Power behind the baton: the conductor who prepared Cate Blanchett for Tár | Cate Blanchett


Cate Blanchett’s new movie position as an imposing orchestral conductor is incomes her a shot at one other high performing award. But it has already given the Oscar-winner the expertise to steer an actual orchestra by way of a rating.

The actor, who performs fictional American conductor Lydia Tár in the movie, Tár, mastered the complexities of the job by coaching with Natalie Murray Beale, a longtime star in the area who lives in London and who spent weeks teaching Blanchett for the half.

Cate Blanchett as Lydia Tár in Tár
Cate Blanchett as Lydia Tár. Photograph: Courtesy of Focus Features/AP

Murray Beale, the hidden pressure behind the highly effective efficiency, supervised the orchestral scenes after guiding Blanchett throughout rehearsals.

“Cate can conduct now, if she wants,” Murray Beale instructed the Observer. “She is very musical, sings beautifully and now she has the tools to conduct. I suggested she learn the musical lines of the pieces by heart, rather than learning the score or copying another performance.” Murray Beale, 46, conducts opera, concert events and movie scores and, like Blanchett, is Australian.

“We developed her own style, but she’s an actress who changes all the time and we didn’t want it to be fixed, since at that level of conducting there is no strict, standard way to do it. A top orchestra is virtuosic, so you don’t need to do all the basics; you can express yourself more. We looked a lot at the physical aspects, ensuring she would not be too reverent of the conductor’s podium, because after all it’s just her workplace.”

Some early audiences have protested about director Todd Field’s portrayal of a manipulative and egocentric girl in a uncommon place of authority, however the musicianship and the examination of poisonous energy have satisfied many who work in classical music.

“I’m delighted that colleagues say it is authentic,” stated Murray Beale. “We went into great detail on the psychology of conducting. These abusive behaviours do still exist. There are not many places where a boss has such power. A conductor is a gatekeeper. I have witnessed anger in rehearsal and even a tussle between conductor and musician. It’s a highly competitive field.”

As a younger conservatoire scholar in Australia, Murray Beale herself was affected. “I experienced inappropriate behaviour from a teacher, which I reported. And yet the person concerned was protected. It’s very difficult for institutions because they don’t want things to reflect badly on them.”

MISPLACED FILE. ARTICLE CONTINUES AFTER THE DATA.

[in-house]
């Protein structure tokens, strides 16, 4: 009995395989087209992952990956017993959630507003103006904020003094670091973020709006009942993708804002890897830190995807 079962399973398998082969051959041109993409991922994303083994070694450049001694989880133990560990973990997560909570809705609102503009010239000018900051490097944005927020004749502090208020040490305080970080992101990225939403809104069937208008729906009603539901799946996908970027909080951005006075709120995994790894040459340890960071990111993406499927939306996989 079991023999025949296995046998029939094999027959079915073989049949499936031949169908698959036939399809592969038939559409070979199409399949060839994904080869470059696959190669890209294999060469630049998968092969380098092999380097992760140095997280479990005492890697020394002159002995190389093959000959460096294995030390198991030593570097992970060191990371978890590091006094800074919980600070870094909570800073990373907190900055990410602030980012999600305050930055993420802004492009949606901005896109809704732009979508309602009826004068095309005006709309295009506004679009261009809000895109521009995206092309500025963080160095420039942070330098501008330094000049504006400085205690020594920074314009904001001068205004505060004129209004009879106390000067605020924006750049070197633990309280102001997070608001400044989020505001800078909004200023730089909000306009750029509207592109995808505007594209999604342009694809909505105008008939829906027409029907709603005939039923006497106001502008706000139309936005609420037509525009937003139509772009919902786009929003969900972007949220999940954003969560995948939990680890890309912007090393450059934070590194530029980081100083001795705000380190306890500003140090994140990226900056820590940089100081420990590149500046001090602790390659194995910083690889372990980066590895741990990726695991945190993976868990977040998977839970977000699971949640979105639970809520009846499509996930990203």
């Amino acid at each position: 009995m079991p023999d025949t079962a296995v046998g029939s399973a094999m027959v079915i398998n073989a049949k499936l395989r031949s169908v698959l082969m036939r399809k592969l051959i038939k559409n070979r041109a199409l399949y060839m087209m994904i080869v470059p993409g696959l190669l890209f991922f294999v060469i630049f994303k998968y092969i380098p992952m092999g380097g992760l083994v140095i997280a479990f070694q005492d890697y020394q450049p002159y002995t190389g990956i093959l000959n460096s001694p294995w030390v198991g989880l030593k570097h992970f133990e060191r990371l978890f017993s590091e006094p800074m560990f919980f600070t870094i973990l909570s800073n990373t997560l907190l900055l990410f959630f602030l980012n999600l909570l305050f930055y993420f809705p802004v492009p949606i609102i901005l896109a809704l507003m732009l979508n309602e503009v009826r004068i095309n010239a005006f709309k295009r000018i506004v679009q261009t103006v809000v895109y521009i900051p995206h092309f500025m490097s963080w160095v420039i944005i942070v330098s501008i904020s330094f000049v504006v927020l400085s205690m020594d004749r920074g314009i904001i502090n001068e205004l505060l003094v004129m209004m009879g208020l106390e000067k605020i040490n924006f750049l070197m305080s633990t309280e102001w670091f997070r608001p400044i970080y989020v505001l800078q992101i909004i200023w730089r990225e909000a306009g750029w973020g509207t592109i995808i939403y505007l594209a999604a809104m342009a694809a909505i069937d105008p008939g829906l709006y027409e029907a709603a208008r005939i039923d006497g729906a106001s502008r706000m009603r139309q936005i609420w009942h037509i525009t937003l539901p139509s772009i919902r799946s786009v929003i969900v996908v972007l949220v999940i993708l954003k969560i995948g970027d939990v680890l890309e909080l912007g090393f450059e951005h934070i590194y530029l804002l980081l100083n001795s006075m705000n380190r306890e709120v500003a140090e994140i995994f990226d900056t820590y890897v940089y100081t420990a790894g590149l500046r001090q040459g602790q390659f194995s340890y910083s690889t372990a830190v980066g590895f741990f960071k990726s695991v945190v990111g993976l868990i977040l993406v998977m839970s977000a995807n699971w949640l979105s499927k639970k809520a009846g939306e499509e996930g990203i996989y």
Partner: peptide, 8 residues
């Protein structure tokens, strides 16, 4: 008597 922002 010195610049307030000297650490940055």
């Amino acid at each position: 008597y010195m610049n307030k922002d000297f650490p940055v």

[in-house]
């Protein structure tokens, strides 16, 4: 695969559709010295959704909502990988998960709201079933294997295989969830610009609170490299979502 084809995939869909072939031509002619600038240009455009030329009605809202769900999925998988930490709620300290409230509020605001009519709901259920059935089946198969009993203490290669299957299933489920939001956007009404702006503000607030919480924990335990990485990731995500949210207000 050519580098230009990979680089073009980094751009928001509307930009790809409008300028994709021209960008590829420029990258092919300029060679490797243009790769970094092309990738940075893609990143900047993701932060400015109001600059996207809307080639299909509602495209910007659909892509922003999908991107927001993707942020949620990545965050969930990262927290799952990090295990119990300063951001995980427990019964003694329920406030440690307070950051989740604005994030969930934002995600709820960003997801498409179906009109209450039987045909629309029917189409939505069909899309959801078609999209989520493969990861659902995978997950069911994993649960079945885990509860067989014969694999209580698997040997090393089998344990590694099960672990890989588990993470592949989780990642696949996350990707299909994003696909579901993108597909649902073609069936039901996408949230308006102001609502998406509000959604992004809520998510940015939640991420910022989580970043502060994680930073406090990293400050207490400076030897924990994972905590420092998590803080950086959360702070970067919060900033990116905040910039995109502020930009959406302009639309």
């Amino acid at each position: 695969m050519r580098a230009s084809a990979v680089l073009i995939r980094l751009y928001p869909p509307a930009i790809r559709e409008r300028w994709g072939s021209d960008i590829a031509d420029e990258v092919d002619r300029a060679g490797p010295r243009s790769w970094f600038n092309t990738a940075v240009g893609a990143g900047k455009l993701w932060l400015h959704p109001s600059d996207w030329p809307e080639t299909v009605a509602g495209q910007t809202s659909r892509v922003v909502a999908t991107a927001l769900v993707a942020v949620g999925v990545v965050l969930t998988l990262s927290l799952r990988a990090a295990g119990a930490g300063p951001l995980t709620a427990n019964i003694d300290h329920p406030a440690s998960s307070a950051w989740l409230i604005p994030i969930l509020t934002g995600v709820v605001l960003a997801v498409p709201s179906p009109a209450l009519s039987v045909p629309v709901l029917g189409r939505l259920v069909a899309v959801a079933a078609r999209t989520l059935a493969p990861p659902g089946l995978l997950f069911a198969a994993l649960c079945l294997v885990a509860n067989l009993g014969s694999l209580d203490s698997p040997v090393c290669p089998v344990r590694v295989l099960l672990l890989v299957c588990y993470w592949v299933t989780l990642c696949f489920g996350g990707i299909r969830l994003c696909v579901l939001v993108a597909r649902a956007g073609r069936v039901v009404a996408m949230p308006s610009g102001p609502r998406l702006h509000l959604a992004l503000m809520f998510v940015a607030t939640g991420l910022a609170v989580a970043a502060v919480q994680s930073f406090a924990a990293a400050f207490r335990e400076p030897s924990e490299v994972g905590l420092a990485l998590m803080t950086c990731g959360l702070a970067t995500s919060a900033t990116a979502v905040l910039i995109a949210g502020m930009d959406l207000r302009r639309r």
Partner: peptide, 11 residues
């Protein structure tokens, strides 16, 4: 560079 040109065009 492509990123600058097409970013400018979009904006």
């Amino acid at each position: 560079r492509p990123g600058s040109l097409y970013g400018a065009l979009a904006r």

The conductor believes “the old boys’ club” has been damaged down “to some extent”. “There is much more diversity now and the musicians have much more voice. That is a significant, positive change.”

Field’s resolution to forged a lady in the position of an abusive “maestro”, she argues, permits audiences to see the downside “with fresh eyes”. Whatever cinemagoers resolve about the remedy of the topic, Murray Beale provides, there may be an overriding worth to exhibiting a lady as a extremely expert, admired musician.

“It’s very easy for people to have a strong personal reaction to this film, but for me the lack of visibility for female conductors is the real problem. So it was exciting to realise this film will be seen all over the world, particularly in places where women are never shown in such authoritative roles.”

One of the hardest parts of conducting is the job of absorbing all the musical materials, however for Blanchett, Murray Beale suspects, the most troublesome second was her first encounter with the full orchestra in Dresden, Germany, the place the movie was largely shot. “Because of the lockdowns we hadn’t had much practice with that. Luckily, we were able to have some rehearsals. I said to Cate, ‘Just don’t be apologetic,’ and she developed a fantastic rapport. Whenever the musicians were drained and fatigued, she was able to flip the atmosphere by making them laugh.”

And Murray Beale quickly detected a useful, sudden parallel between the plot of the movie and the musical work of a conductor. “You need to create a lot of tension as a conductor, building up the sense in a concert piece that at some point it all has to break. I think this screenplay, and particularly the way the film has been edited, are just like that.”

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